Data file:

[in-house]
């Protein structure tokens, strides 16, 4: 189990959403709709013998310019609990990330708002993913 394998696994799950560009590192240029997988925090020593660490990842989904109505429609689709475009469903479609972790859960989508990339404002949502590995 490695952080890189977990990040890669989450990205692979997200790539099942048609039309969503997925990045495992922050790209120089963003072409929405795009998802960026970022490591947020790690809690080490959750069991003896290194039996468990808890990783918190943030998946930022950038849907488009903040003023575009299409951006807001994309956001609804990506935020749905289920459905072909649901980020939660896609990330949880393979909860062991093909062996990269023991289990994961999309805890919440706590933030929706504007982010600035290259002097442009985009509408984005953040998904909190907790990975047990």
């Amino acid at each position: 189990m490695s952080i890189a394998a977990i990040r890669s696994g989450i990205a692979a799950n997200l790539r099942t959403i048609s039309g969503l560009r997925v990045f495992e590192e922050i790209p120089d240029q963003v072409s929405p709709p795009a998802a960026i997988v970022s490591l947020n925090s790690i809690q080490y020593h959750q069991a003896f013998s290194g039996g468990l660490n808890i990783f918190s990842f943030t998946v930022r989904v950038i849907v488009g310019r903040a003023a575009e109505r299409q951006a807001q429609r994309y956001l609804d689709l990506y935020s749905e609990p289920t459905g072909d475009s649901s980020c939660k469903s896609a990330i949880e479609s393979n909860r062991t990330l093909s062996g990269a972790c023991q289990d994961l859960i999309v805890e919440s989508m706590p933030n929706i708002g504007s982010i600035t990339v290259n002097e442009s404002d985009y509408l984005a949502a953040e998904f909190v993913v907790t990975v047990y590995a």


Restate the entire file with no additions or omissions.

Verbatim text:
[in-house]
């Protein structure tokens, strides 16, 4: 189990959403709709013998310019609990990330708002993913 394998696994799950560009590192240029997988925090020593660490990842989904109505429609689709475009469903479609972790859960989508990339404002949502590995 490695952080890189977990990040890669989450990205692979997200790539099942048609039309969503997925990045495992922050790209120089963003072409929405795009998802960026970022490591947020790690809690080490959750069991003896290194039996468990808890990783918190943030998946930022950038849907488009903040003023575009299409951006807001994309956001609804990506935020749905289920459905072909649901980020939660896609990330949880393979909860062991093909062996990269023991289990994961999309805890919440706590933030929706504007982010600035290259002097442009985009509408984005953040998904909190907790990975047990």
């Amino acid at each position: 189990m490695s952080i890189a394998a977990i990040r890669s696994g989450i990205a692979a799950n997200l790539r099942t959403i048609s039309g969503l560009r997925v990045f495992e590192e922050i790209p120089d240029q963003v072409s929405p709709p795009a998802a960026i997988v970022s490591l947020n925090s790690i809690q080490y020593h959750q069991a003896f013998s290194g039996g468990l660490n808890i990783f918190s990842f943030t998946v930022r989904v950038i849907v488009g310019r903040a003023a575009e109505r299409q951006a807001q429609r994309y956001l609804d689709l990506y935020s749905e609990p289920t459905g072909d475009s649901s980020c939660k469903s896609a990330i949880e479609s393979n909860r062991t990330l093909s062996g990269a972790c023991q289990d994961l859960i999309v805890e919440s989508m706590p933030n929706i708002g504007s982010i600035t990339v290259n002097e442009s404002d985009y509408l984005a949502a953040e998904f909190v993913v907790t990975v047990y590995a």